From Earth to Space: The Evolution of Test Pilots to Astronauts
Kirk, John M., Jr.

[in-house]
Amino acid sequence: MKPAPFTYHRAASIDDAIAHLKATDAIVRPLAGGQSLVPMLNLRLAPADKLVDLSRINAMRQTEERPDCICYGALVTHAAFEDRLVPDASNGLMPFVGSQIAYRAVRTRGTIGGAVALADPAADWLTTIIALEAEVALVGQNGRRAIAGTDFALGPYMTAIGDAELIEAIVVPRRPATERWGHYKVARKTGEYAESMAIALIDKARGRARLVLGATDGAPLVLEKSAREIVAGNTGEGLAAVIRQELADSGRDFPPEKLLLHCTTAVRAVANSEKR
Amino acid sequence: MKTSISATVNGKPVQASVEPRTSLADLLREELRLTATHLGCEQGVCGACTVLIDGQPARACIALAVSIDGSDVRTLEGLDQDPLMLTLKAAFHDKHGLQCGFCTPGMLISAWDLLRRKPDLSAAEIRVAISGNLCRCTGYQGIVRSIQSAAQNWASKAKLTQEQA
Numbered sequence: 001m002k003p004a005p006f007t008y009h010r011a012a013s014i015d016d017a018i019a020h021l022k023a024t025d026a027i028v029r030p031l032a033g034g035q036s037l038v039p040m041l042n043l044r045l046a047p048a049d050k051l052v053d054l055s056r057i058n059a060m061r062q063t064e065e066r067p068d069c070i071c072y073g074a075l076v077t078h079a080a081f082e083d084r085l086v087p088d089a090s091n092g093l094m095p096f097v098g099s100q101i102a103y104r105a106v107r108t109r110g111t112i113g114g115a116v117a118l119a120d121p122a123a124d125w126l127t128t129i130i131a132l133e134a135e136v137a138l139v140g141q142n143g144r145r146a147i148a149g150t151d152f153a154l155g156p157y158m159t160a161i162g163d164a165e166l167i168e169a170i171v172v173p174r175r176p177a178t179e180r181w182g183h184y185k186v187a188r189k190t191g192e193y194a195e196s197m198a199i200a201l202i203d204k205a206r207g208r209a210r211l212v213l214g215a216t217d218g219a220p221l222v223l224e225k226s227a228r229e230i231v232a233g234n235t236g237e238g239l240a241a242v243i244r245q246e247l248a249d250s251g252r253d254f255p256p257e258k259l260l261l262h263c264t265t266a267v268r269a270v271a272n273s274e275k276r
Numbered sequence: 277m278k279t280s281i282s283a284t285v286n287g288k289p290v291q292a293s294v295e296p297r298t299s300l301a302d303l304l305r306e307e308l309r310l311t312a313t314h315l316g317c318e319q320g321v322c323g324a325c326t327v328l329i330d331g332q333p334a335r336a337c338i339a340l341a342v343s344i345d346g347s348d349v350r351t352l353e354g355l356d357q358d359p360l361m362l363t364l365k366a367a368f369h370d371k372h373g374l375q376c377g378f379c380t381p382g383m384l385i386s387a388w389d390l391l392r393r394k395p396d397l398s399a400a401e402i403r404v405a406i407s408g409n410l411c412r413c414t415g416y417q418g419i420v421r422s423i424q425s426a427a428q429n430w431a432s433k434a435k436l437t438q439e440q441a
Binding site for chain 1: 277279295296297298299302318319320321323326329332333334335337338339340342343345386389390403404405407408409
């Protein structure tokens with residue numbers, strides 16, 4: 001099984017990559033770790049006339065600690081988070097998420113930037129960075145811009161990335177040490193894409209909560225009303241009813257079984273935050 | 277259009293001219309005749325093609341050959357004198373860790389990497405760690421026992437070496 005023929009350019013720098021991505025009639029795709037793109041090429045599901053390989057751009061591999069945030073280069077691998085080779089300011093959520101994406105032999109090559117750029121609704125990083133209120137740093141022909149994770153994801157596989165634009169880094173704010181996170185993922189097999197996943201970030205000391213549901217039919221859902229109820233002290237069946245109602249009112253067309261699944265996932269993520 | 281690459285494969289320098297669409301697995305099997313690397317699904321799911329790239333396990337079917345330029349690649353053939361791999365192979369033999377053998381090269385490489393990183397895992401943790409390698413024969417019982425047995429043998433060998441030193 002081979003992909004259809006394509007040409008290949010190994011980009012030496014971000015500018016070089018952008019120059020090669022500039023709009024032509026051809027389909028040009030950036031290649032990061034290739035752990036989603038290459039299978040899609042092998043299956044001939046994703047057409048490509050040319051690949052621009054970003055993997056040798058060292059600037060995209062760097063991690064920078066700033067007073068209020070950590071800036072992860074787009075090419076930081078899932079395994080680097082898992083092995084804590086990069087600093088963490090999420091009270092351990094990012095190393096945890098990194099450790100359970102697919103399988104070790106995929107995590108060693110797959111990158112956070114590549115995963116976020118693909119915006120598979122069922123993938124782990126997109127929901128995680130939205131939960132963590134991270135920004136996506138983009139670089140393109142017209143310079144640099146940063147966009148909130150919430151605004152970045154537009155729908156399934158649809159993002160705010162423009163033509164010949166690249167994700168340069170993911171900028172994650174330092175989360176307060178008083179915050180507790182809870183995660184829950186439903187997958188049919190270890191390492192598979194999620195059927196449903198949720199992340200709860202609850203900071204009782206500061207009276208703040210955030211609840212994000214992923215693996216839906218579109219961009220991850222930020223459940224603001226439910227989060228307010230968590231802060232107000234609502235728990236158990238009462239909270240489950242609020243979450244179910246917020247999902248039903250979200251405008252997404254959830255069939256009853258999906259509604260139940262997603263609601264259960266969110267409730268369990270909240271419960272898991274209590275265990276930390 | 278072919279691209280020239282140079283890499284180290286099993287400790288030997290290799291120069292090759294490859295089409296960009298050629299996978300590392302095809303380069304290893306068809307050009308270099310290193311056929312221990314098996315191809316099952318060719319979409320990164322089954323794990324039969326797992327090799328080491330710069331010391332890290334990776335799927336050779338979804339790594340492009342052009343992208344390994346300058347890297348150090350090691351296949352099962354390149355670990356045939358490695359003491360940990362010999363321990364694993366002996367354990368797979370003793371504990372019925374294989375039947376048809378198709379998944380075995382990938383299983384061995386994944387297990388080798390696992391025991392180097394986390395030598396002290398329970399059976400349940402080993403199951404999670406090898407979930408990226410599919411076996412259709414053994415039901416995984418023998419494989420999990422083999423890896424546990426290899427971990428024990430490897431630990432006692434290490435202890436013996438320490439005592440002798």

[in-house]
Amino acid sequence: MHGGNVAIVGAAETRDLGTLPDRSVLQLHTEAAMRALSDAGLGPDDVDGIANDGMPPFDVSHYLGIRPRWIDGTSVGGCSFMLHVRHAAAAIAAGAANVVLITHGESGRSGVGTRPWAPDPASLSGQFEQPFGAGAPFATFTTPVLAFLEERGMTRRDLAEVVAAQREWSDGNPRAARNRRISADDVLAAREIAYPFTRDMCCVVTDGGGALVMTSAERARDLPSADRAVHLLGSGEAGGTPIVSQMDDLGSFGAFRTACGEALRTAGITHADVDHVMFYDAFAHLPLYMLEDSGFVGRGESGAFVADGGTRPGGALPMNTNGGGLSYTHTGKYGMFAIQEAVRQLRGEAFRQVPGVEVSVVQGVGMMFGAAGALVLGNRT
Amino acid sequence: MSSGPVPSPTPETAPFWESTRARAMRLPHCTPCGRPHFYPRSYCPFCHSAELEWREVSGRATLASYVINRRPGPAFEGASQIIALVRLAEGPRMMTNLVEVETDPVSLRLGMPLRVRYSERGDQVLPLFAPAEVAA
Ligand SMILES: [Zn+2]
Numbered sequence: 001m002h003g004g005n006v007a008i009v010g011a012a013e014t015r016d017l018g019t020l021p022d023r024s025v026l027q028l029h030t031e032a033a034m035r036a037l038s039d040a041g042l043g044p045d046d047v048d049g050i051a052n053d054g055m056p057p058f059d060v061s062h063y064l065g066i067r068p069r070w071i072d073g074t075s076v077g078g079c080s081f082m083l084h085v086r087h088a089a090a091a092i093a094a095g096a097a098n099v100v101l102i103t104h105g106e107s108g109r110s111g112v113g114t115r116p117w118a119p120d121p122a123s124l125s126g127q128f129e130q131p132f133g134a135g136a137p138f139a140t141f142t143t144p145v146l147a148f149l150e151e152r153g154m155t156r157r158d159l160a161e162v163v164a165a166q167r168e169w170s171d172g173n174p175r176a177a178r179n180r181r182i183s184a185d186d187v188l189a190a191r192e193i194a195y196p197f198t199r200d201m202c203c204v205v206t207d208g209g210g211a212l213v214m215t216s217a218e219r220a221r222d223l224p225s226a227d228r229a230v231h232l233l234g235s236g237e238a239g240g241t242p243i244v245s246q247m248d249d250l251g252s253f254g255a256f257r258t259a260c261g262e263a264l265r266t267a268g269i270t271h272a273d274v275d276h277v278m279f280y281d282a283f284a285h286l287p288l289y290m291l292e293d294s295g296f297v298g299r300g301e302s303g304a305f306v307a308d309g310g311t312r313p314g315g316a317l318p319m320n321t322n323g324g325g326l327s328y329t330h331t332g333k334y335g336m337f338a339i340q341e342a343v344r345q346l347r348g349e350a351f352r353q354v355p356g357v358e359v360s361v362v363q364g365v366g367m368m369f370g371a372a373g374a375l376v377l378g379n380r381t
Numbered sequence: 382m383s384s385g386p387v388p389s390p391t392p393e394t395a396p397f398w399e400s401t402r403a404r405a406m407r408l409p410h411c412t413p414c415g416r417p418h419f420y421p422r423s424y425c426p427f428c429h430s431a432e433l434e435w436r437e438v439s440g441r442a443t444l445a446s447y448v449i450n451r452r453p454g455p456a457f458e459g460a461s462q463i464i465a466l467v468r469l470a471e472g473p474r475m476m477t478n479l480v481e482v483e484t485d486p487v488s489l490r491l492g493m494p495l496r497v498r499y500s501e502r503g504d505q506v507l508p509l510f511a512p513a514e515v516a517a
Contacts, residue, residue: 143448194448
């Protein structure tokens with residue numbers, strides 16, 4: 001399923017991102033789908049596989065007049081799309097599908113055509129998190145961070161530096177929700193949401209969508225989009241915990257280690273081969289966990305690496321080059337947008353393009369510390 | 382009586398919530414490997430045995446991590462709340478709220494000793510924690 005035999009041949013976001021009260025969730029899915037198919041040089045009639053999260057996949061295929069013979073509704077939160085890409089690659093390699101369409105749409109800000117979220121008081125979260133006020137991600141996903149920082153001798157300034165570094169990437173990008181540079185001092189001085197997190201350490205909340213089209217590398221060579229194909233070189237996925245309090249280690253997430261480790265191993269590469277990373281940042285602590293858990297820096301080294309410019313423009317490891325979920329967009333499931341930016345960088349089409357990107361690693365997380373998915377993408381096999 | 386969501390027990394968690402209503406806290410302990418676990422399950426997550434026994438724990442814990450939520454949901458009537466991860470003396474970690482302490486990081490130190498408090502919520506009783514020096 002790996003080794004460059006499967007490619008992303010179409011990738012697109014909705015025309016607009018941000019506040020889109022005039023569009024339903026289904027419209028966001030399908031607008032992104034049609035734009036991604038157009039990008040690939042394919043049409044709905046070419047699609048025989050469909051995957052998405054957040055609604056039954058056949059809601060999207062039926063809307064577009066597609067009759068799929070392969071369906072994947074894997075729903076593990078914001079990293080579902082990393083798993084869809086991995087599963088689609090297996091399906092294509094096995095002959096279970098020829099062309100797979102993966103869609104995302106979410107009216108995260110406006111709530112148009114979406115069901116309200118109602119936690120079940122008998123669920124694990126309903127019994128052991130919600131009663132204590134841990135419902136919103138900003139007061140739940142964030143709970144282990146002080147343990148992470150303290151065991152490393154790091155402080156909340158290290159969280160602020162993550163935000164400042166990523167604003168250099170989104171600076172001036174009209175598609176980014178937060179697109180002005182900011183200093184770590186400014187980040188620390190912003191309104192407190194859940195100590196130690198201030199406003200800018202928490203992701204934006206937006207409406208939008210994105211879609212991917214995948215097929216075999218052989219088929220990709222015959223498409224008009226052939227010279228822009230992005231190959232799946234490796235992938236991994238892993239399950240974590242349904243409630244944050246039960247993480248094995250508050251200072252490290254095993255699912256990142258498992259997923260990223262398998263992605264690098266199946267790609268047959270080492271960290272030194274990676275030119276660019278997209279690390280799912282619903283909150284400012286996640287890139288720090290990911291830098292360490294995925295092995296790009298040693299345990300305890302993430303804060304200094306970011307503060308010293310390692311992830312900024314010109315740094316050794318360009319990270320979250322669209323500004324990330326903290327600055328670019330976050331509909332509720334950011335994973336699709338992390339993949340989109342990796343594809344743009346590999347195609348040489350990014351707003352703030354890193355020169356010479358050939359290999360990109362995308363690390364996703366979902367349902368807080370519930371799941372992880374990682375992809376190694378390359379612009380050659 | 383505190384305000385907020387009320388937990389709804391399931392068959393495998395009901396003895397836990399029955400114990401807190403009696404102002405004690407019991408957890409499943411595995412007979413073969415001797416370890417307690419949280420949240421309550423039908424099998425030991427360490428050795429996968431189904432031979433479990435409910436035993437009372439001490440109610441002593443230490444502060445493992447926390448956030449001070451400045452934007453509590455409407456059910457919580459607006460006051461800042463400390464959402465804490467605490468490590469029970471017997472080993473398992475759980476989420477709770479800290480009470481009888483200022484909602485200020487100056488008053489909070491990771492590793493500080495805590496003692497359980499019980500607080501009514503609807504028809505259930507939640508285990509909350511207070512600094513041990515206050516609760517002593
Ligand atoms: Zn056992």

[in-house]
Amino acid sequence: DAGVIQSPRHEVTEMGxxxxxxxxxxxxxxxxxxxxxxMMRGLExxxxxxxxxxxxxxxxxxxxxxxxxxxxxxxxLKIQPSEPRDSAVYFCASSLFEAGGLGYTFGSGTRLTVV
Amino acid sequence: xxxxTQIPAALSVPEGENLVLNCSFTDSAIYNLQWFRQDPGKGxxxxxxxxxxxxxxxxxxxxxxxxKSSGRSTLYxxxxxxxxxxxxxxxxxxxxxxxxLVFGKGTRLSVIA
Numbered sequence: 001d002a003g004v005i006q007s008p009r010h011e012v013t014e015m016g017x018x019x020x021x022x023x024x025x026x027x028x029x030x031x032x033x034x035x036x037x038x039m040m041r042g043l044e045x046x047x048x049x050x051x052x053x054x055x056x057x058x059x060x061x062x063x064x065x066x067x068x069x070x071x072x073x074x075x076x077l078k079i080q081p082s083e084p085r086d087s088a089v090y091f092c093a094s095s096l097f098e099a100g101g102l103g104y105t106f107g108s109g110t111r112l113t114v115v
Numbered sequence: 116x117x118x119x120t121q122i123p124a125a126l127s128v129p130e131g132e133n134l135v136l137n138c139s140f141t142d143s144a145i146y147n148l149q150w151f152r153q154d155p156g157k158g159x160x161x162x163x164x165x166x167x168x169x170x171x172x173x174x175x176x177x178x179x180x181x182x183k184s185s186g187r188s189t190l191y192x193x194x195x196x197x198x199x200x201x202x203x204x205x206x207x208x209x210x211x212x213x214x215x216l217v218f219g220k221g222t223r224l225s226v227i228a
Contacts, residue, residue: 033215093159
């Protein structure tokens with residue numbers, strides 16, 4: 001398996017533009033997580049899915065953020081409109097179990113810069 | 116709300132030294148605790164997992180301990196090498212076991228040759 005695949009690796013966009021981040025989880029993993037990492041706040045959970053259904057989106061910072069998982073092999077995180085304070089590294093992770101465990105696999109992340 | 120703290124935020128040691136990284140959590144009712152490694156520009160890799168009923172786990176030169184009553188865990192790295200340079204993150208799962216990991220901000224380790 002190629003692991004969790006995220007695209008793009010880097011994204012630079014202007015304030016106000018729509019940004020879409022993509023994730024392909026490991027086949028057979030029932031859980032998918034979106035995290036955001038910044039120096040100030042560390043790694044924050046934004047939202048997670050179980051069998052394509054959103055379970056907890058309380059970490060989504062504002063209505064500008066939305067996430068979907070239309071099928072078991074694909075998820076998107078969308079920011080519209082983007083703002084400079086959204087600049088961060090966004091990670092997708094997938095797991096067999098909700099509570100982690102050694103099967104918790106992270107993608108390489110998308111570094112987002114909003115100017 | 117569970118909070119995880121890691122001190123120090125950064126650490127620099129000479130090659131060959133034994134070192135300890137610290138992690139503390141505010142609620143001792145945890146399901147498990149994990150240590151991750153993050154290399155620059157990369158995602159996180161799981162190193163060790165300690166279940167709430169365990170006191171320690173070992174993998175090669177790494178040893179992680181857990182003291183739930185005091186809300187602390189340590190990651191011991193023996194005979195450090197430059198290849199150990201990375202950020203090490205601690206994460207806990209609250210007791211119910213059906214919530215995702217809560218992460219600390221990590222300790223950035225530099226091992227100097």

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The word astronaut is derived from the Greek words astron, (meaning star) and nautes (meaning sailor). Literally they translate to, star sailor. This was the name given to the people chosen to represent the United States of America in its quest to enter outer space. It is during our century that the tools that mankind has been developing throughout its existence reached a level of technical sophistication that allowed humans to place themselves into the cosmos. However, these new tools were (and continue to be) unparallelled in their complexity. Thus, the role of the astronaut is more complicated than that of any previous mariner. The astronaut had to have inordinate skills, intelligence and physical stamina. Perhaps one of the most intensive searches for any type of human being was conducted by the United States in the late 1950's and early 60's for men fitting these qualifications. This paper will examine the roots of astronautics in aviation flight testing through the 1940's, 50's, and early 60's and its metamorphosis into the astronaut profession from the initial Mercury flight program all the way to the Space Shuttle. The landing of the Space Shuttle Columbia at Edwards Air Force Base on April 14, 1981, signaled the return of the astronauts to their roots in the test piloting of exotic and cutting edge research aircraft. The high degree of commonality between aviation and space technology was also obvious in the personnel that were chosen for the space program. They were all people who had piloted high performance aircraft. Their qualifications were based on the 1940's and early 1950's conviction that the final major step of American aviation would be to place an aircraft of some sort into outer space. Thus, it is very necessary to look at the history of test pilots in the united States in order to understand the backgrounds of the astronauts. This paper will look closely at the professionalism of these aeronautical researchers. The men who comprised the test pilots and astronauts were not ignorant risk takers who were attempting to accomplish feats of reckless bravado. Instead these were educated men who weighed the risks of their endeavors with the potential fruits of their success.